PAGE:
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Availability: In stock
162pp. ¦ $44 £33 €38
In 1847 and 1848 a little-known farmer named James Fintan Lalor wrote a series of newspaper articles in which he outlined his vision for Ireland after the Great Famine. Although they have been reprinted and republished many times since, until now there has been no systematic study of the principles and proposals that Lalor expounded. In this book, the author considers Lalor’s brief career as a writer and offers new insights into his treatment of the national and land questions. By elucidating Lalor’s ideas on these questions, exploring possible influences on his thinking, and assessing the impact of his writings on his contemporaries, the author seeks to address what he regards as two deficiencies in the historiography. The first of these is the tendency to assign only a minor, supporting role to Lalor during the brief heyday of Young Ireland. Academic studies typically portray him as little more than a catalyst in the radicalisation of figures like John Mitchel, rather than as a profoundly original thinker in his own right. The second issue is the commonly held perception of Lalor’s proposals on land tenure as foreshadowing the creation of a “peasant proprietary” later in the century. The author argues that Lalor advocated a much more radical plan that would link his two primary objectives: the creation of a sovereign Irish republic, and transfer of control over landholding from a small number of landlords to the entire Irish people. By comparing and contrasting Lalor’s theories with those of earlier figures such as Thomas Paine and James ‘Bronterre’ O’Brien, this ground-breaking book broadens the perspective on Lalor and his writings beyond the context of Irish nationalism. As the author concludes, Lalor’s unique contribution to Irish radical thought merits a more prominent place in nineteenth-century intellectual history than it has hitherto received. This book will be of great value to anyone interested in Irish history since 1800, especially in the areas of the Great Famine, the Young Ireland movement, and the Land War.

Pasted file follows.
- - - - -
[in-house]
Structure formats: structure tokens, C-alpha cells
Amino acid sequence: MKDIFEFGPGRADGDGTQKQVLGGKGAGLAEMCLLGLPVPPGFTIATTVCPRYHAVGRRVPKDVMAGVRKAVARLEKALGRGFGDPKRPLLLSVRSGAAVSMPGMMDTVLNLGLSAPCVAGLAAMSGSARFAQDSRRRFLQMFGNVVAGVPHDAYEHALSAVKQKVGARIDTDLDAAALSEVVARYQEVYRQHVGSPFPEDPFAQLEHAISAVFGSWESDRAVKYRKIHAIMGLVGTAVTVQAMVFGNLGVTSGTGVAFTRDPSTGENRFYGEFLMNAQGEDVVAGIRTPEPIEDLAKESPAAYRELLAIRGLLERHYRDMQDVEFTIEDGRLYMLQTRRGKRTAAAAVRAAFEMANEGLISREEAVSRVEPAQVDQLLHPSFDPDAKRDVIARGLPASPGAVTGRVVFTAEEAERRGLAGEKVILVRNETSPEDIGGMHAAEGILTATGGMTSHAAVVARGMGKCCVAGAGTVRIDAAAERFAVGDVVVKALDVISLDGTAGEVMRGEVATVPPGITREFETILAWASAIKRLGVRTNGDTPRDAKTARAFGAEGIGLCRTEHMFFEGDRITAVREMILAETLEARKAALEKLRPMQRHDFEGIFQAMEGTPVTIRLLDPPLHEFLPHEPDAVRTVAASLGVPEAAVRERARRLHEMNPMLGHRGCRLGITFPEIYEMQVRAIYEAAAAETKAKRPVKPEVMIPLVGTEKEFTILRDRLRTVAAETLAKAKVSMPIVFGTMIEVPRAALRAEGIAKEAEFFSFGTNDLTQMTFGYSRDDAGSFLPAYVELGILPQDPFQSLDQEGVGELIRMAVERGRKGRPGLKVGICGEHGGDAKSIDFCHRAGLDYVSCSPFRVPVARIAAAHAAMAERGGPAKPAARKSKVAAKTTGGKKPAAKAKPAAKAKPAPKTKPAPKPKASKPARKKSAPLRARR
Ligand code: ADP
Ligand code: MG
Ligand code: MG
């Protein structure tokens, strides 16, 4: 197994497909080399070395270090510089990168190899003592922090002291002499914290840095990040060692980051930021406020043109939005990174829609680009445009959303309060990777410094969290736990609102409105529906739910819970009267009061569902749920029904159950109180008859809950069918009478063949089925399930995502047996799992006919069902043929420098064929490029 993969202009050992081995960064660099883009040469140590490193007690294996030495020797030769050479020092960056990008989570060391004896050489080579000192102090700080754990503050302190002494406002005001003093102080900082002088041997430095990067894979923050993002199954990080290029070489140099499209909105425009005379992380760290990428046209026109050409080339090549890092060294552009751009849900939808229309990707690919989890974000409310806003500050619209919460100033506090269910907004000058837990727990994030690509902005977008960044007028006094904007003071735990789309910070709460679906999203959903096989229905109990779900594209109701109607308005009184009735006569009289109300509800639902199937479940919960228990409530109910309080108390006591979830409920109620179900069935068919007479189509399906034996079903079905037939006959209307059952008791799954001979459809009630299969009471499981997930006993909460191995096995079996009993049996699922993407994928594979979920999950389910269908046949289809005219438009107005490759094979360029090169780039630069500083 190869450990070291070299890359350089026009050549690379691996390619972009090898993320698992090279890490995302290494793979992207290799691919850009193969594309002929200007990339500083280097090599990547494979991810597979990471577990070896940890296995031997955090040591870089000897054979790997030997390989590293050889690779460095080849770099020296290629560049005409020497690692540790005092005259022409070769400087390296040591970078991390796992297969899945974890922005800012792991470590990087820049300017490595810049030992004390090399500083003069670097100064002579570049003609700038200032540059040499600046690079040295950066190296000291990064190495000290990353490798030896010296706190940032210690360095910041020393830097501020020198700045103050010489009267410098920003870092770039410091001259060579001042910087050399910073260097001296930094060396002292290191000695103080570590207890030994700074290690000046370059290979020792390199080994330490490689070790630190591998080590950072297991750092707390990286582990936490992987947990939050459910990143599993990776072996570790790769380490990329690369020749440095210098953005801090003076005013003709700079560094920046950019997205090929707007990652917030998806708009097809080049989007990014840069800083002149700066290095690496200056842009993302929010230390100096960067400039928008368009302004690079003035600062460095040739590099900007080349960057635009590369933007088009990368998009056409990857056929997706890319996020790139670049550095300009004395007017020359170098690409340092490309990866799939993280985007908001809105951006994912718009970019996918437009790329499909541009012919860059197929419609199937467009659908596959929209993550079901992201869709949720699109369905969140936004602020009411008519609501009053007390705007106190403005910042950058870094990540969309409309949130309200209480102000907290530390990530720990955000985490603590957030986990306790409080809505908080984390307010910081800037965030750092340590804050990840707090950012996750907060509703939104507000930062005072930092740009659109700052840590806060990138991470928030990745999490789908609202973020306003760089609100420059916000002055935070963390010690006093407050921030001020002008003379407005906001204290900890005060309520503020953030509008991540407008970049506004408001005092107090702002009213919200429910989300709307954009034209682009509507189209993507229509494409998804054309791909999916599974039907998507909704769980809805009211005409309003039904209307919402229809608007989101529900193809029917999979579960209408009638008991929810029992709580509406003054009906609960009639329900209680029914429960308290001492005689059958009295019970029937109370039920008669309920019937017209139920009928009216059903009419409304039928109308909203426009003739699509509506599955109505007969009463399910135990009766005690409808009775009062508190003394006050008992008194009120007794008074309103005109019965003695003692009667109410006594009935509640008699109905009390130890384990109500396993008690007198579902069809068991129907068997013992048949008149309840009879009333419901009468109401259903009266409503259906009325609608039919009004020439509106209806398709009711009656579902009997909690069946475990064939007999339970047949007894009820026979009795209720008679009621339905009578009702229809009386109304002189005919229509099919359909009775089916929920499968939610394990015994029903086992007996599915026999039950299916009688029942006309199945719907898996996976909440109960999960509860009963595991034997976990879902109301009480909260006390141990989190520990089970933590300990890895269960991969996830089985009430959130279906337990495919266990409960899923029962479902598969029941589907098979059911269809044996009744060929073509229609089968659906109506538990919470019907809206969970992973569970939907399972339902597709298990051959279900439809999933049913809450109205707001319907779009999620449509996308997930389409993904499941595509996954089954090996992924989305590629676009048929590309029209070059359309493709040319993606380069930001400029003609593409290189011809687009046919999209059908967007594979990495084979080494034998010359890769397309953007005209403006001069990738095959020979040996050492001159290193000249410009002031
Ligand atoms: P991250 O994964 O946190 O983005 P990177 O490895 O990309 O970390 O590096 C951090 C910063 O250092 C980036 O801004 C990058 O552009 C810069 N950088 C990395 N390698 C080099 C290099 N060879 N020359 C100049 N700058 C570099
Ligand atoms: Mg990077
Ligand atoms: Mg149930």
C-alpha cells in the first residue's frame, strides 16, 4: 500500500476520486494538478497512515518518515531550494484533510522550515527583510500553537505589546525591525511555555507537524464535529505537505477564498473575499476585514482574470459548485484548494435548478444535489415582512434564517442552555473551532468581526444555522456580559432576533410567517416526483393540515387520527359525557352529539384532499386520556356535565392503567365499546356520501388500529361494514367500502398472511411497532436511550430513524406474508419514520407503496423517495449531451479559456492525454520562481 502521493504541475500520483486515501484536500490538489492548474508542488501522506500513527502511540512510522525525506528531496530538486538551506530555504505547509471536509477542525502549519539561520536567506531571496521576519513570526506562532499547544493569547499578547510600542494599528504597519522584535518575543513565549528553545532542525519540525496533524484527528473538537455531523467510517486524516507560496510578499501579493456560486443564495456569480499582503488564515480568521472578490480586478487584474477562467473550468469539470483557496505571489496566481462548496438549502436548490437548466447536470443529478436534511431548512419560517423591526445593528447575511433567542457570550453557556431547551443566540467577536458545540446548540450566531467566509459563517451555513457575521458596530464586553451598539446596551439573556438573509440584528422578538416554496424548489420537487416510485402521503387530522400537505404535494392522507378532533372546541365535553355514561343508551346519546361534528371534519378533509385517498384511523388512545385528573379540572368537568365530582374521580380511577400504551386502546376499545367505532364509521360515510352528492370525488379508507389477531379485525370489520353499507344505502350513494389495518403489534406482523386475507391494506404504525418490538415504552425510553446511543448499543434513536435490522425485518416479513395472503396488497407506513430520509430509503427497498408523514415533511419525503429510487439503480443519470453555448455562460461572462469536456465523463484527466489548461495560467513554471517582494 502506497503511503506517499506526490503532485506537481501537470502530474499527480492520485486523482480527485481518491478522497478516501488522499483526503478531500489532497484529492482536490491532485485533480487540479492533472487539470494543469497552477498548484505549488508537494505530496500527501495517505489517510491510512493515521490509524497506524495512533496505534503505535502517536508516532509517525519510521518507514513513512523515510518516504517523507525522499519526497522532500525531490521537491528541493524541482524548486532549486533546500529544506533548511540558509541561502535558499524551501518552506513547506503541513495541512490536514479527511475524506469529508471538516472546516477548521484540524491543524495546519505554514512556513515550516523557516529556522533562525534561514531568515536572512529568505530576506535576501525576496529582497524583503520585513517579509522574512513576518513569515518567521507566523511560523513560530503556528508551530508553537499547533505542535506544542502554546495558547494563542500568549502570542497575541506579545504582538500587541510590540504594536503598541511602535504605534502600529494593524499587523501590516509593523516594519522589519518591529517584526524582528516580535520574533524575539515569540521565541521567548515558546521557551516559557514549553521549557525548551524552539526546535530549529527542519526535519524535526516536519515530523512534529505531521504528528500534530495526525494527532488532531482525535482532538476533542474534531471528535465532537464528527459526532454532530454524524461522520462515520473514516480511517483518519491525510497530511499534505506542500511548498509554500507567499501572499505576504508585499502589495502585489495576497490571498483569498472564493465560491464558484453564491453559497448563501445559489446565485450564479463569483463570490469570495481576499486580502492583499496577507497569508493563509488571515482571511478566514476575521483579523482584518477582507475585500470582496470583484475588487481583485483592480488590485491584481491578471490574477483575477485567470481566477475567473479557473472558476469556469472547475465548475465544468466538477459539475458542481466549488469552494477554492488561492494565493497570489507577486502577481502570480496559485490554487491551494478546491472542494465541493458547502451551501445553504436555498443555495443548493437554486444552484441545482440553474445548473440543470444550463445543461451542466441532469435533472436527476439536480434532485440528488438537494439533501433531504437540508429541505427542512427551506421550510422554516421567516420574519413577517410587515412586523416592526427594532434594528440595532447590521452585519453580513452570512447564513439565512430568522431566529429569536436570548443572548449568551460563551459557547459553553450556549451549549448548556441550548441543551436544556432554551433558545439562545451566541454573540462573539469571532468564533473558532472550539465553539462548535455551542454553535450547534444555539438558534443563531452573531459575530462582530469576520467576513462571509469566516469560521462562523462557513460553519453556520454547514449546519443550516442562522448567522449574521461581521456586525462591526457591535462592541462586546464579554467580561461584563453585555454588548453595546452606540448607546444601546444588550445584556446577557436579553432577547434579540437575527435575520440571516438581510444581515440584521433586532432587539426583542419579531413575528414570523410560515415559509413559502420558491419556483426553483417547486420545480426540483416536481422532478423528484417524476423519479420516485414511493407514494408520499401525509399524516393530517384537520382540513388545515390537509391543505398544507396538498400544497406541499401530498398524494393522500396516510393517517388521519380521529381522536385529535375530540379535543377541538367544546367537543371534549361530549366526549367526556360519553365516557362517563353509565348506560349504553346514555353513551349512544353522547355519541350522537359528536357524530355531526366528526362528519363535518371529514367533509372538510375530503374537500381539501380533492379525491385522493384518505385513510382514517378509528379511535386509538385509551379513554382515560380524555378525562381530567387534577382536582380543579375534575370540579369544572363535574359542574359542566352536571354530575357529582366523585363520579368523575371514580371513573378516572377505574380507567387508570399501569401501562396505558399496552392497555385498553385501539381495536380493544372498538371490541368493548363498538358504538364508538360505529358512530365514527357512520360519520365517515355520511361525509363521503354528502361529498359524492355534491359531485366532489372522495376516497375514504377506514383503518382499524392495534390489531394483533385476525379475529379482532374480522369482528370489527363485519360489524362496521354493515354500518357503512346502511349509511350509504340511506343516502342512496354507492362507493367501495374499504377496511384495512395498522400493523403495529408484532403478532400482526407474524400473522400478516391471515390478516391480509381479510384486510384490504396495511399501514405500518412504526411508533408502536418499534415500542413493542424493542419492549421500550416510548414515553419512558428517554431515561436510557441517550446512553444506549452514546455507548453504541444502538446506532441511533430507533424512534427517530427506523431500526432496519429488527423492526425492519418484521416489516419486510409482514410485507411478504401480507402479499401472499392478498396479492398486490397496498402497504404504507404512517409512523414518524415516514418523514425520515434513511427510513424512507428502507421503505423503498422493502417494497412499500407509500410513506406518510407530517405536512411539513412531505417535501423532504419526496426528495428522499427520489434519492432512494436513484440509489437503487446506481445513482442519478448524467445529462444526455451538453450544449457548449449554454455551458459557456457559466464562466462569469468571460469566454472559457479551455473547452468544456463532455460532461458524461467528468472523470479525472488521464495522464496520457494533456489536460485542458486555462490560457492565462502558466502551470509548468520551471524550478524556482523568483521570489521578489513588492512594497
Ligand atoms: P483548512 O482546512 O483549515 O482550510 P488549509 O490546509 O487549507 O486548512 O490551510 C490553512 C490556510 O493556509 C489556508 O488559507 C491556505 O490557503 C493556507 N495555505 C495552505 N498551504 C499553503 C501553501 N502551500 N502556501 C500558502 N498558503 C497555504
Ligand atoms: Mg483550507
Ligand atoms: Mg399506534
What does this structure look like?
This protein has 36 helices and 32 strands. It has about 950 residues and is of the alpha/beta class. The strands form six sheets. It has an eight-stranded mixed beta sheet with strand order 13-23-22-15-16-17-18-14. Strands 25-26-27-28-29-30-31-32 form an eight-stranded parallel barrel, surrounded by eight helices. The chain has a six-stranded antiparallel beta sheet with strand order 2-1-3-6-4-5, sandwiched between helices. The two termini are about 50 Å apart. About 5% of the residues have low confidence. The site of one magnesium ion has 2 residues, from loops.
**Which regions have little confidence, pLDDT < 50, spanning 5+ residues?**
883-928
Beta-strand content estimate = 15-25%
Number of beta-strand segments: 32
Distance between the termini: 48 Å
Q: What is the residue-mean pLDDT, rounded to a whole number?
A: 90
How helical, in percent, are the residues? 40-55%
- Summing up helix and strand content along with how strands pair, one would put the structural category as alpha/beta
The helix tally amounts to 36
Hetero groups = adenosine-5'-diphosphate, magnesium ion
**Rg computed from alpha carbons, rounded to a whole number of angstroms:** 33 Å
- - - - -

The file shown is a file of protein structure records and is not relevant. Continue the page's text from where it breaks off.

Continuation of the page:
Isabelle Fernandes, University of Clermont Auvergne, France
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202pp. ¦ $61 £46 €52
The development of printing practices during Tudor rule led both to the dissemination of religious and secular knowledge, and the development of a legal arsenal to control it. While the vast majority of studies on censorship regard it as being at the origin of the notion of authorship, critics tend to disagree on its actual influence on early modern writings. Who, among the Church and the secular state, were its main supporters? Did it aim at destroying or removing, punishing or protecting, hampering or regulating? Did it propagate a culture of secrecy or, on the contrary, did it help to circulate new ideas and knowledge by controlling them and making them more acceptable to the masses? If the answers to these questions are bound to differ according to the aesthetic and religious biases of both censors and censored, they all lead to one major point of debate: did censorship really work to stop some marginal threat or did it simply improve the lot of early modern writers who turned its limited negative effects into a comforting shield of self-publicity? By suggesting it suppressed neither artistic creativity nor subversive practices, this volume analyses censorship in Britain and Ireland during the Tudor and Stuart periods as an instrument of regulation, rather than a repressive tool. Ideal for both graduate students and general readers interested in Early Modern History, the work sheds new light on a topic as fascinating as it is often misunderstood.
Saverio Battente, University of Siena, Italy
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194pp. ¦ $45 £34 €38